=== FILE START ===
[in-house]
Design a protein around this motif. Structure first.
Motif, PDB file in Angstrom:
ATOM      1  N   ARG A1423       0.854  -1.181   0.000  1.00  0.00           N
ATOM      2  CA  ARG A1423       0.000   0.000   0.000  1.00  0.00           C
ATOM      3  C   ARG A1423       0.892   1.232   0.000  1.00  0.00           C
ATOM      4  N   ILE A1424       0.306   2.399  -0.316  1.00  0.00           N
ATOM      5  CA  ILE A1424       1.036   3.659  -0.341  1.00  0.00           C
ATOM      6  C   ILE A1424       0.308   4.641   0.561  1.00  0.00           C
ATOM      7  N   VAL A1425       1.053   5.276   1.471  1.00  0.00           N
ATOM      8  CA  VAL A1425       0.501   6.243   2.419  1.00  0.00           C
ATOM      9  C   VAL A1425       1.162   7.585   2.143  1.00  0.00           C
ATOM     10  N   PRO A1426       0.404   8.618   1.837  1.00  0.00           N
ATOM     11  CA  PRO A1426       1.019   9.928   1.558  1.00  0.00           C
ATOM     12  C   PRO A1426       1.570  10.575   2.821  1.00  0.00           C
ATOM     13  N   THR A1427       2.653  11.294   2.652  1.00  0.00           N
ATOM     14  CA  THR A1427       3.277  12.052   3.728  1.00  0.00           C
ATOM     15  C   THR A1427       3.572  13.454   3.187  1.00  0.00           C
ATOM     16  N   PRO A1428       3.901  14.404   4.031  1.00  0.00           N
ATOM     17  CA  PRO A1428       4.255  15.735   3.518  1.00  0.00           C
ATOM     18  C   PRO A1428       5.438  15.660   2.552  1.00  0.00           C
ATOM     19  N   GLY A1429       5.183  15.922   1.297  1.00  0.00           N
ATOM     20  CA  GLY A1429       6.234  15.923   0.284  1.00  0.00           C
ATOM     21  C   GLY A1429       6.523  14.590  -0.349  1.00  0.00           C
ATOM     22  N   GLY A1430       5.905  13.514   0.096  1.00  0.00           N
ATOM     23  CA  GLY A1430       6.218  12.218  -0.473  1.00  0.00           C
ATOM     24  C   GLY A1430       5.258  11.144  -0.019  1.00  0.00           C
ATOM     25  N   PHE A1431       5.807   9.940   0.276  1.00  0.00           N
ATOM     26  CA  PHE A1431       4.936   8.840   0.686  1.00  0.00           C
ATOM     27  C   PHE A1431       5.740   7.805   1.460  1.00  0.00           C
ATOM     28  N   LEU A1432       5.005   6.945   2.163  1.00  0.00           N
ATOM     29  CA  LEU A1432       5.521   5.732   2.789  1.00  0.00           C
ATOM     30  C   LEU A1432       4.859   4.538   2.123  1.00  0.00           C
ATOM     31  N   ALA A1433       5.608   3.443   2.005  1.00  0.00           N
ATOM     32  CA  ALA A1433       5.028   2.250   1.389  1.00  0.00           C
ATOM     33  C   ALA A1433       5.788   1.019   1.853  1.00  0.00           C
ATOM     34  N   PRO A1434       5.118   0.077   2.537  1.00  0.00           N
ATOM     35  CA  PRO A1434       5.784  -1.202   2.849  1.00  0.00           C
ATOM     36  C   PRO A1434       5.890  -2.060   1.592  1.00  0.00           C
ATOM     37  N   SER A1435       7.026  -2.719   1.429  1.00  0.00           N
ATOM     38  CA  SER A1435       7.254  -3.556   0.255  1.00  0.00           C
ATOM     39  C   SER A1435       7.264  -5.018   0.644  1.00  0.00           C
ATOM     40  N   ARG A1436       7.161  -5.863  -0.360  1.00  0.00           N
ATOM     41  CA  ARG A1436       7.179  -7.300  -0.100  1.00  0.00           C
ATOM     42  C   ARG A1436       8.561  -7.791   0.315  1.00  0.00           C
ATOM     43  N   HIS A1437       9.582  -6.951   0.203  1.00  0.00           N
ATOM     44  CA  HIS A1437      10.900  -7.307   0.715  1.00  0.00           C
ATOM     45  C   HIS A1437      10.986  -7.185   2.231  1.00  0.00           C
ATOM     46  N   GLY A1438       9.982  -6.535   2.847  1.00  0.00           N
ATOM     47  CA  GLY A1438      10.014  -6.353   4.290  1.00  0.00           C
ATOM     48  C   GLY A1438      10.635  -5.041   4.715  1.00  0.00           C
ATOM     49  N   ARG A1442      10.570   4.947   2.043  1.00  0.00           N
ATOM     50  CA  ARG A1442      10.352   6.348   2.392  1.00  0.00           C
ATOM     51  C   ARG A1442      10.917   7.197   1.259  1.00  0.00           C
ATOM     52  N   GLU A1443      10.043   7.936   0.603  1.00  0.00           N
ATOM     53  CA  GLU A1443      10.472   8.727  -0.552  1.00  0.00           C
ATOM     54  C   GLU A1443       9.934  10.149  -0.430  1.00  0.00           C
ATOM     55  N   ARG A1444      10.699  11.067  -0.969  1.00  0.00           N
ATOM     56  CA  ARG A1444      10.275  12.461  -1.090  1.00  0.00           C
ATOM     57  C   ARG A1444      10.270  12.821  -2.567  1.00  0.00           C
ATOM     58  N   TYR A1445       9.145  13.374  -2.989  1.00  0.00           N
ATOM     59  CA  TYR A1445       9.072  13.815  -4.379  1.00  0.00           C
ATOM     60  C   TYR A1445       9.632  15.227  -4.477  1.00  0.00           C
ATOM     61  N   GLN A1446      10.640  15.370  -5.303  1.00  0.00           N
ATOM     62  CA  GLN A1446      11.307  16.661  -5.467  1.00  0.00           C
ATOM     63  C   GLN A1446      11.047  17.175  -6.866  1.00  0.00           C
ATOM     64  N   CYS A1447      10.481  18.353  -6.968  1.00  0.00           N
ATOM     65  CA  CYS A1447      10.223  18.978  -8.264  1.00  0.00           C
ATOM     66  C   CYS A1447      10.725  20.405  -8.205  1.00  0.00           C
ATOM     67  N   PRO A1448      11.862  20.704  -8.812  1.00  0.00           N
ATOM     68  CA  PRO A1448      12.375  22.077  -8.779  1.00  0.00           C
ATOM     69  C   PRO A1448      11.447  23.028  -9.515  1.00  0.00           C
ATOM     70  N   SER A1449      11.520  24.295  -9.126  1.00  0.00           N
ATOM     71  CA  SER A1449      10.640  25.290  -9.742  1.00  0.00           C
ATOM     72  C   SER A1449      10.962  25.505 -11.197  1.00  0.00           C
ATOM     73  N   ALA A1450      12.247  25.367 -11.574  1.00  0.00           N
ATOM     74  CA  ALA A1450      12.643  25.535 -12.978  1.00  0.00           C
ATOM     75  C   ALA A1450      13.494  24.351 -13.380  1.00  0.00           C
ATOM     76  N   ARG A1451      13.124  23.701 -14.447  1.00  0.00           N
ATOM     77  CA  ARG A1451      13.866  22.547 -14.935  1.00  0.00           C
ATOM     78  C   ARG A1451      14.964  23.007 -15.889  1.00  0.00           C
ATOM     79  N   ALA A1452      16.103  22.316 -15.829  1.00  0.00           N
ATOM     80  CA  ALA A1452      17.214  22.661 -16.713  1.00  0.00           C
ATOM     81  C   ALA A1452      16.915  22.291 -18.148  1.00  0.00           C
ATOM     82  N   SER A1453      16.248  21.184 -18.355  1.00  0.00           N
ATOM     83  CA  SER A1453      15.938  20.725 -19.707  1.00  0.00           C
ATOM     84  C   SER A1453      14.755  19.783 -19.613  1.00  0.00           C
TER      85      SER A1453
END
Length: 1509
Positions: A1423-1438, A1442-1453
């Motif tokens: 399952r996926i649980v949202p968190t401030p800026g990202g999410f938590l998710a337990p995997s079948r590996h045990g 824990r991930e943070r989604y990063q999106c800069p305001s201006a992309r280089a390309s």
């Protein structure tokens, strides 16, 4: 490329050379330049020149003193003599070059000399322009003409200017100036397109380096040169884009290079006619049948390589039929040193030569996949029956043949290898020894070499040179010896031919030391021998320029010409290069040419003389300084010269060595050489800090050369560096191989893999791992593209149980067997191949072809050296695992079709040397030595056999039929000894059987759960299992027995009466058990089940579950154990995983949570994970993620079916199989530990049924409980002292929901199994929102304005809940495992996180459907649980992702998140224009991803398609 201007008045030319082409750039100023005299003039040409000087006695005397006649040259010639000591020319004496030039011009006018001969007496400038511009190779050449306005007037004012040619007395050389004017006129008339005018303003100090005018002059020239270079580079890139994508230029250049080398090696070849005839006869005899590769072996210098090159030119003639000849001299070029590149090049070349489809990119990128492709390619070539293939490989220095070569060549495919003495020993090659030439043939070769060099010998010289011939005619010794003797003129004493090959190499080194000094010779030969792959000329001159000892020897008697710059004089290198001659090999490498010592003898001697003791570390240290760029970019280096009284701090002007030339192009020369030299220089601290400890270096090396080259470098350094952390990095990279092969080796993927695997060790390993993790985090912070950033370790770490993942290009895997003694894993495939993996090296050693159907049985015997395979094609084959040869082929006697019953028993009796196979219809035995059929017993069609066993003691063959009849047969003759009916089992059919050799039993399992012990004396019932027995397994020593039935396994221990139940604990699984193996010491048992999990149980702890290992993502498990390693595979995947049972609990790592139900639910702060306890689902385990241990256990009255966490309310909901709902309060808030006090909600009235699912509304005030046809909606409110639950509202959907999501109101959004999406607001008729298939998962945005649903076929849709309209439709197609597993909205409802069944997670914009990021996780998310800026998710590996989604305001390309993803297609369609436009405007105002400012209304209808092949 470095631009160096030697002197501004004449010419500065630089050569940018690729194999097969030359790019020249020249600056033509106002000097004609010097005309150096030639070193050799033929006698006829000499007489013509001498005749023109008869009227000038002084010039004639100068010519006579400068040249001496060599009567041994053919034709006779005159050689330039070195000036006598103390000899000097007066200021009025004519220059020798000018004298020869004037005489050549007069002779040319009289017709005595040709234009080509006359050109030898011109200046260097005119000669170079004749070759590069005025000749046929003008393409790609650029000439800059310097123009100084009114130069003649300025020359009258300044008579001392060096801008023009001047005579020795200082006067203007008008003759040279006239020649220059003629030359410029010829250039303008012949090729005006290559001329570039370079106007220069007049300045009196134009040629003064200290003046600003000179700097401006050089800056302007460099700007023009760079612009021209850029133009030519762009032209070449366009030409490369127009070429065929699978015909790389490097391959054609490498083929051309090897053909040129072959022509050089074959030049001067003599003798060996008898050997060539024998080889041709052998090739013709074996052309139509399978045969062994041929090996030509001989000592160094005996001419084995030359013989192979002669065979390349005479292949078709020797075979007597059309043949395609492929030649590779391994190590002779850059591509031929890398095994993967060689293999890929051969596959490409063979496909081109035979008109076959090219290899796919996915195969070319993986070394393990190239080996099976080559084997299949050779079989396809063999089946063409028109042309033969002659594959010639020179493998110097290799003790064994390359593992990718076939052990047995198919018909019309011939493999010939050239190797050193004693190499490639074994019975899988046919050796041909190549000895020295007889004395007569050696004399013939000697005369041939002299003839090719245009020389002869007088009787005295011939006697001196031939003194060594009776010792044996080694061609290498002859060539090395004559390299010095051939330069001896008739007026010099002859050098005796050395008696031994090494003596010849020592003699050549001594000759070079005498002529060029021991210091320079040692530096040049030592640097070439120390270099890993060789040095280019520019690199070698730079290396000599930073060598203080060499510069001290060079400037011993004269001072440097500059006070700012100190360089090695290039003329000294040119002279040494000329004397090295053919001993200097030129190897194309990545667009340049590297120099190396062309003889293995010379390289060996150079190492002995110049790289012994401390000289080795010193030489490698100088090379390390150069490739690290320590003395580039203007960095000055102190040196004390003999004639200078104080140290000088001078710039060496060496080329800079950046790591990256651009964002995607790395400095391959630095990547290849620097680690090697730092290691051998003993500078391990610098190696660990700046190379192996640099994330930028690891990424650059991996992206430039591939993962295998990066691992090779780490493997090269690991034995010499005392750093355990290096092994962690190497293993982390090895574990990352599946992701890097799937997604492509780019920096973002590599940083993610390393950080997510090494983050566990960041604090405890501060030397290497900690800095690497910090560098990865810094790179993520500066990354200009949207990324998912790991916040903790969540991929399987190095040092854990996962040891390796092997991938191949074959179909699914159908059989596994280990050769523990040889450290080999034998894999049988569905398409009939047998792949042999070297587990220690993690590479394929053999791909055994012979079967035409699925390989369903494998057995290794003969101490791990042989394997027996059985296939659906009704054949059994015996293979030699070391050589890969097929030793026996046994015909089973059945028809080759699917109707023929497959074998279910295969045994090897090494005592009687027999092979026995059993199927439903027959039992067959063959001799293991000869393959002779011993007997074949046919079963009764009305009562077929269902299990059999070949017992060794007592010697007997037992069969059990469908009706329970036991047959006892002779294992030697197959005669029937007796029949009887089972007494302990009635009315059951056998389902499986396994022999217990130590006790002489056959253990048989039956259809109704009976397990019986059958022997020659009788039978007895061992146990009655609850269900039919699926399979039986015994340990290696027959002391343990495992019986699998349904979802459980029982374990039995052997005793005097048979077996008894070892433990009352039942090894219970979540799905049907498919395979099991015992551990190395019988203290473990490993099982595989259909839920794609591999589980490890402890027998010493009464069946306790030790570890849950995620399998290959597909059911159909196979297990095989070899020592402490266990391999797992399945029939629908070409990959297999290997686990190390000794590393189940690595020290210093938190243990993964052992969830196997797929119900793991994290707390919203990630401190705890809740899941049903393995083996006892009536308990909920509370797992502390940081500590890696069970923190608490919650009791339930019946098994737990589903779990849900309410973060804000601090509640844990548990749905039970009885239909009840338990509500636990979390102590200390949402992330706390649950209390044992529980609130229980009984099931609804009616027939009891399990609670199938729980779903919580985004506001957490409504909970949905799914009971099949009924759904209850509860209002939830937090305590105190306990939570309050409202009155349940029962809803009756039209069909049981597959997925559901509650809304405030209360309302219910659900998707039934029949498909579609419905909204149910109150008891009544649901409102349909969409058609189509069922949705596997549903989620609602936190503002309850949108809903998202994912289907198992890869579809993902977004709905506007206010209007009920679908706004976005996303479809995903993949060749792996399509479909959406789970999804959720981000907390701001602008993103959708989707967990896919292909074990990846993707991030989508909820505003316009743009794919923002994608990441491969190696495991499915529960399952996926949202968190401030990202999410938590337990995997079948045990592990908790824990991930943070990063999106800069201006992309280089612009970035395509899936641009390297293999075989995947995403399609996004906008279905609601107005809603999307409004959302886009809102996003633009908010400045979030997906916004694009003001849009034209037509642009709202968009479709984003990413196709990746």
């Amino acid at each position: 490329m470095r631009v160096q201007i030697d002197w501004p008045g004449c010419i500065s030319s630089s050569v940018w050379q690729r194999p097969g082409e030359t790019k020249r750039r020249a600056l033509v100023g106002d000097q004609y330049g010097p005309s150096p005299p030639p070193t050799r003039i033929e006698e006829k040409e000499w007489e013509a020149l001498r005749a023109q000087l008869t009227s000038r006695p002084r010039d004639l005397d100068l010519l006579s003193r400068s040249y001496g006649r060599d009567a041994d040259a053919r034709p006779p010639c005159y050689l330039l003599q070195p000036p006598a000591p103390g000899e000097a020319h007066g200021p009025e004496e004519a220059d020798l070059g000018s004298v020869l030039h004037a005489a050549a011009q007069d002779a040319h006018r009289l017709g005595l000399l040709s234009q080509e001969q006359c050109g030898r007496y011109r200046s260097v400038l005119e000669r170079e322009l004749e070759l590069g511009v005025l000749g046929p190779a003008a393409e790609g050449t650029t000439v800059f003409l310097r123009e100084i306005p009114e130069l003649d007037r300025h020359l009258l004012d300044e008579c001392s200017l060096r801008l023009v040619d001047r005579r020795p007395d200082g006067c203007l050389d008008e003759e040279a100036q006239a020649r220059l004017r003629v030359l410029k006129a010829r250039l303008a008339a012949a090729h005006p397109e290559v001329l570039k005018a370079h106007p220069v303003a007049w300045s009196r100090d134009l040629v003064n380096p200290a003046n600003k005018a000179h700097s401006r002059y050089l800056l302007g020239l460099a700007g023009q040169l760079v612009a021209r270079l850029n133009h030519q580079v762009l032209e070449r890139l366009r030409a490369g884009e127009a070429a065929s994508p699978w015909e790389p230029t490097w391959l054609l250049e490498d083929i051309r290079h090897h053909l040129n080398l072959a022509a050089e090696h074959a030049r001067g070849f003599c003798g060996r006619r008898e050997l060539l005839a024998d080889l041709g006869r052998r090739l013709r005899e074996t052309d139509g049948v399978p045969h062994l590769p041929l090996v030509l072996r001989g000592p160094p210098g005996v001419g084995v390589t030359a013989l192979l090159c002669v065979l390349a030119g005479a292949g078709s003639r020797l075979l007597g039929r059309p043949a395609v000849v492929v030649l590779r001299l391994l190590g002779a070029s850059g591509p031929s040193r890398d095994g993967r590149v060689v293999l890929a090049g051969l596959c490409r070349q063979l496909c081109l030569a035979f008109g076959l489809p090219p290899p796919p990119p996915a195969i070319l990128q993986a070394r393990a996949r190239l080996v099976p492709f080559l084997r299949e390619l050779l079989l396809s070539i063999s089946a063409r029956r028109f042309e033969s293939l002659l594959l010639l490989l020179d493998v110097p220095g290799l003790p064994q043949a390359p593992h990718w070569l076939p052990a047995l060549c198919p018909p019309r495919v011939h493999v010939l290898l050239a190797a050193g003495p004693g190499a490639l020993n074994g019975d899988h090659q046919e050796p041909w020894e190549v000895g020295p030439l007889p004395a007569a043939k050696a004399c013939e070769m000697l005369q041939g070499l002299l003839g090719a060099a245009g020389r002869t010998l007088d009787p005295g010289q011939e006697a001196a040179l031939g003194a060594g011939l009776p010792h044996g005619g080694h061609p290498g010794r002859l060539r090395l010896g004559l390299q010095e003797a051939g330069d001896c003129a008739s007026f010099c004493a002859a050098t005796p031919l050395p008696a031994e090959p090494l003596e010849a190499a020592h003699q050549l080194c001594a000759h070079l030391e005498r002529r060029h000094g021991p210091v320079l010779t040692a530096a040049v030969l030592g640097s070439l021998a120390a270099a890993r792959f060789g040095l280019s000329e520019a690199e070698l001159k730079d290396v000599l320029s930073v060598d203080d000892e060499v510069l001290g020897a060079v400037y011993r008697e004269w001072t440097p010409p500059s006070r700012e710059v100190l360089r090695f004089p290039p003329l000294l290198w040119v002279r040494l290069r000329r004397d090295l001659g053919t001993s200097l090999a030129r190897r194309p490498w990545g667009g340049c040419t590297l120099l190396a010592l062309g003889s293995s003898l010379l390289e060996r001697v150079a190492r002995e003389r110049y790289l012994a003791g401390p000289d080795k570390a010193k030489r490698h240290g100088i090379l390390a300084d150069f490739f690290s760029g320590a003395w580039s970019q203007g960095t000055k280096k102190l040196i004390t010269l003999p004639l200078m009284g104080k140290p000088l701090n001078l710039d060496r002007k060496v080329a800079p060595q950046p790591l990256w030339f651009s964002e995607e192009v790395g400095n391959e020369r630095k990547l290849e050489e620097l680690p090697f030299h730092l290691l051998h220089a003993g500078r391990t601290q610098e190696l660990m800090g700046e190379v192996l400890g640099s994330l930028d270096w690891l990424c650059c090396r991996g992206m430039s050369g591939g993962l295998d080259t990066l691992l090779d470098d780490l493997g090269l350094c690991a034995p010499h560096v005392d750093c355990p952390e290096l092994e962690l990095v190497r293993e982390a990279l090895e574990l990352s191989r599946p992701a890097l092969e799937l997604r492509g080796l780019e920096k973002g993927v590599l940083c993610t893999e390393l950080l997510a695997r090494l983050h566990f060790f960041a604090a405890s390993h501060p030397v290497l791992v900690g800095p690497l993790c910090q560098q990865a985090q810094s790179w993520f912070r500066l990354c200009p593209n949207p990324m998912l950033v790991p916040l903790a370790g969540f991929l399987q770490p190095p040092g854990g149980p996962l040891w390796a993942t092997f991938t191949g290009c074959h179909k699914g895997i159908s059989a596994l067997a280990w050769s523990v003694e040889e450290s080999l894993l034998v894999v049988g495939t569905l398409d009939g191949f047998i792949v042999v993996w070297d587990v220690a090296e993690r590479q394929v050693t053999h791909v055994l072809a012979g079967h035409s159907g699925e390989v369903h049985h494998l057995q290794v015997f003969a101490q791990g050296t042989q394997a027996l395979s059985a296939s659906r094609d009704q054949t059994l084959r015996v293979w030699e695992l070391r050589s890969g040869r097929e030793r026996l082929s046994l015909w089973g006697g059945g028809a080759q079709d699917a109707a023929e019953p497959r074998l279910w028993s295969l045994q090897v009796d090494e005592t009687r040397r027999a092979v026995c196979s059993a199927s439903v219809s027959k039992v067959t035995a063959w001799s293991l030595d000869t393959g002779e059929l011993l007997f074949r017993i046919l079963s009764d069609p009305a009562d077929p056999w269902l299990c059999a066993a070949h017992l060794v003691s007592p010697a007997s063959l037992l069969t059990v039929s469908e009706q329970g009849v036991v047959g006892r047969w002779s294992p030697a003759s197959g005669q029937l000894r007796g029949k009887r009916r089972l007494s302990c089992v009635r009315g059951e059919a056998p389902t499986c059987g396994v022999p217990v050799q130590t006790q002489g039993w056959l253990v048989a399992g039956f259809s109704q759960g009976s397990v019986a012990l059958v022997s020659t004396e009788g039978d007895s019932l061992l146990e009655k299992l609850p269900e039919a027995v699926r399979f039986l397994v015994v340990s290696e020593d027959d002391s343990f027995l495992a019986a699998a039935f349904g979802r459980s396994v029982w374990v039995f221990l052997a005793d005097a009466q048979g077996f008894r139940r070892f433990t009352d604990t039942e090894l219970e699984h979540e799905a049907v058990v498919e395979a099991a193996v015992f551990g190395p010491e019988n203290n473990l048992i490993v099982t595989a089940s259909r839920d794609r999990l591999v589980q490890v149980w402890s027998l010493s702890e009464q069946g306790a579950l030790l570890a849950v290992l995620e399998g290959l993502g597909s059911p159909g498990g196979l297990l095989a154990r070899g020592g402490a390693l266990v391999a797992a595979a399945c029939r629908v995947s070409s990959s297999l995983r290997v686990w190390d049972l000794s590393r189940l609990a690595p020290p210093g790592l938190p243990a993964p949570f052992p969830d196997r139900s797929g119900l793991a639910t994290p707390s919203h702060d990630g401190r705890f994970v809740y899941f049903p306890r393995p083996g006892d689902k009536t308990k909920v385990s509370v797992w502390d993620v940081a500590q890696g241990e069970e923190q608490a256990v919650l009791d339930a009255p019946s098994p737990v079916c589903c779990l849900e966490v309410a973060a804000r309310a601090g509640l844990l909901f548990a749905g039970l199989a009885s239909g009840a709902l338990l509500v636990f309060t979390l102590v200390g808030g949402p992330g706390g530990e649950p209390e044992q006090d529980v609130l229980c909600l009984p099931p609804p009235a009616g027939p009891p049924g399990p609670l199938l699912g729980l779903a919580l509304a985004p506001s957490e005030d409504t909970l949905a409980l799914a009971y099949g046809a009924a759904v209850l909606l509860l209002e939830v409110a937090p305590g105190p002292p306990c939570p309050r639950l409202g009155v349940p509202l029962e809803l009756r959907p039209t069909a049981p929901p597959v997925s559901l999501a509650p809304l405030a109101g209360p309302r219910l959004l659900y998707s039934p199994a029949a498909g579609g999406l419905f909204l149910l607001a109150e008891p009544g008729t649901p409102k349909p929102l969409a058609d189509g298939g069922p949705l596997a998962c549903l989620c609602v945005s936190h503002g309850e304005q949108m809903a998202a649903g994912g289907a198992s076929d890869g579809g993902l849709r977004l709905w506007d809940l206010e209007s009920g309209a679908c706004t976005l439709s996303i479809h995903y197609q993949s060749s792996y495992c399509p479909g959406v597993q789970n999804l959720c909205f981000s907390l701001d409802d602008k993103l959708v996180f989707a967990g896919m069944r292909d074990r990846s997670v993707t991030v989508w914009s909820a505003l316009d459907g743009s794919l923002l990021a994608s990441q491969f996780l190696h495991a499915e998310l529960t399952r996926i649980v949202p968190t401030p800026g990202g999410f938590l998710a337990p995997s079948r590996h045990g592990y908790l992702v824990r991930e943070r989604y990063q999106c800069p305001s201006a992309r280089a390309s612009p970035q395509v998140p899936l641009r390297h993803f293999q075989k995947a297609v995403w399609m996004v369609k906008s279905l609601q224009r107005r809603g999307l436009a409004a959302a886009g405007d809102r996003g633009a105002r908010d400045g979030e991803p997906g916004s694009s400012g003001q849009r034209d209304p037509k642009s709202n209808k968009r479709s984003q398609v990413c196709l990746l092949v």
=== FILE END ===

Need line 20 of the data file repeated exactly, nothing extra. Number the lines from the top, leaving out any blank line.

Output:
ATOM     17  CA  PRO A1428       4.255  15.735   3.518  1.00  0.00           C